Why We Need Sodium

Sodium is key when it comes to your body retaining fluids, including inside individual cells. It also helps facilitate electrical signals that affect brain function and muscle firing.

However, too much sodium consumption can raise blood pressure and lead to other health issues. The American Heart Association recommends no more than 2,300mg a day and an ideal limit of less than 1,500mg per day for most adults. Unlike many other brands that have levels of sodium that are higher than useful, GoHydrate is formulated to provide a healthy amount of sodium as one of our 5 essential electrolytes.  

Sodium is an essential mineral that plays a critical role in maintaining the balance of fluids in our bodies. It is found in many foods, including table salt, and is also added to a variety of processed foods to enhance flavor and preserve freshness.

One of the most important functions of sodium is to help regulate blood pressure. Sodium works in conjunction with potassium to control the balance of fluids in and around our cells, which helps to maintain normal blood pressure. When there is too little sodium in the body, blood pressure can drop and lead to dehydration. On the other hand, too much sodium can cause blood pressure to rise, increasing the risk of hypertension, heart disease, and stroke.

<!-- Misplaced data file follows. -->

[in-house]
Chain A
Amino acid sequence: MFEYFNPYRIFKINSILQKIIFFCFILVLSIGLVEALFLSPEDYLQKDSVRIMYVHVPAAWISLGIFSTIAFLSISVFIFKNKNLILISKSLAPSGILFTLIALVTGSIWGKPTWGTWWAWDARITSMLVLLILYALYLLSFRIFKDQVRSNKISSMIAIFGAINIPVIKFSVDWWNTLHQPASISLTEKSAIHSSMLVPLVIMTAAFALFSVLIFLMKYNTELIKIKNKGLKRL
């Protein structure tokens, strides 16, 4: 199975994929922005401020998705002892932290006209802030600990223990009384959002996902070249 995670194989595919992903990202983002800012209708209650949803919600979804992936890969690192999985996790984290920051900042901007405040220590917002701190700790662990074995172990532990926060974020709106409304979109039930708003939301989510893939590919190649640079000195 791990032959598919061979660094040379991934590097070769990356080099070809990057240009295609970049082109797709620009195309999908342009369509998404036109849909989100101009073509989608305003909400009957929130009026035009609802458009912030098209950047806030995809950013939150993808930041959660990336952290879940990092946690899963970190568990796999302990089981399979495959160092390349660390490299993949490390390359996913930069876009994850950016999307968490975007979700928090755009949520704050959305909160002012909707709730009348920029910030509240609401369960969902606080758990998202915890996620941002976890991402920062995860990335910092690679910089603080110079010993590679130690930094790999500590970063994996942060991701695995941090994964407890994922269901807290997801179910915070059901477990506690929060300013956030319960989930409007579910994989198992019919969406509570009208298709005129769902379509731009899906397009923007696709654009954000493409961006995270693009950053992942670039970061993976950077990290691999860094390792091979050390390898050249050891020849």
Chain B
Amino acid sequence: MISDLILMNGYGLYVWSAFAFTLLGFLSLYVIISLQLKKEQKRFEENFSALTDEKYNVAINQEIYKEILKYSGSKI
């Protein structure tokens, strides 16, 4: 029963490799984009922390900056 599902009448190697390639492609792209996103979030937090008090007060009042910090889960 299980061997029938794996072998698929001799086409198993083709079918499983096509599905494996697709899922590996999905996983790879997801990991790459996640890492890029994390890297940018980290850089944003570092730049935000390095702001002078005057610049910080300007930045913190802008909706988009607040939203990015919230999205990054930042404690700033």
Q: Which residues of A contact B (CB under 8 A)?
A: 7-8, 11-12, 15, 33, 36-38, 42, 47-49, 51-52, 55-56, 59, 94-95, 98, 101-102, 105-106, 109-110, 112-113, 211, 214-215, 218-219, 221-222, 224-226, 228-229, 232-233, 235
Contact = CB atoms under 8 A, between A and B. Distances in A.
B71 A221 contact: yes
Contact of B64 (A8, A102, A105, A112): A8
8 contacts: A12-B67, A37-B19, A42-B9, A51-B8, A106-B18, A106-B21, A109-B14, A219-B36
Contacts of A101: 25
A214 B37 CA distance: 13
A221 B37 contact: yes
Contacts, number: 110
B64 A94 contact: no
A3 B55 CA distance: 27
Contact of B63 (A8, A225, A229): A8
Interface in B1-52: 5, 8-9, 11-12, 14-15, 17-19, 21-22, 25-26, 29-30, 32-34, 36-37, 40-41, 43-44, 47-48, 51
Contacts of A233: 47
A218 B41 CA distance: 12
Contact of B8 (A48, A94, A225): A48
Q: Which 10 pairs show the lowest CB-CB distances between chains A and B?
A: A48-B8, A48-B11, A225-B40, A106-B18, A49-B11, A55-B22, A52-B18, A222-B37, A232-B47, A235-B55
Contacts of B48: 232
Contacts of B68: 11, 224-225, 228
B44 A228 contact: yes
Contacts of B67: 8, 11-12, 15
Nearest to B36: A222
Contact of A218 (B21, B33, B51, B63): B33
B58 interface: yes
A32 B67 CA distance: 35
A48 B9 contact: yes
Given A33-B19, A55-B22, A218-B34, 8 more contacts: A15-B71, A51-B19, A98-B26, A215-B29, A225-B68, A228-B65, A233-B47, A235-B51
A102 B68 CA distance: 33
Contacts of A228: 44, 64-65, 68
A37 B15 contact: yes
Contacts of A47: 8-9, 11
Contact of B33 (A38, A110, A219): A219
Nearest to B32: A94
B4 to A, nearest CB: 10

It is important to be mindful of the sources of sodium in your diet. Processed foods, fast foods, and restaurant meals are often high in sodium. Reading the nutrition labels on food packages can help you to identify the sodium content of the foods you eat.

In addition to paying attention to the amount of sodium in your diet, it is also important to consume an adequate amount of potassium. Potassium helps to counteract the effects of sodium on blood pressure and can help to lower the risk of heart disease. Good sources of potassium include fruits, vegetables, GoHydrate.




This post provides general information and discussions about health and related subjects. The information provided in this email, or in any linked materials, are not intended and should not be construed as medical advice. If you or any other person has a medical question or concern, you should consult with your health care provider.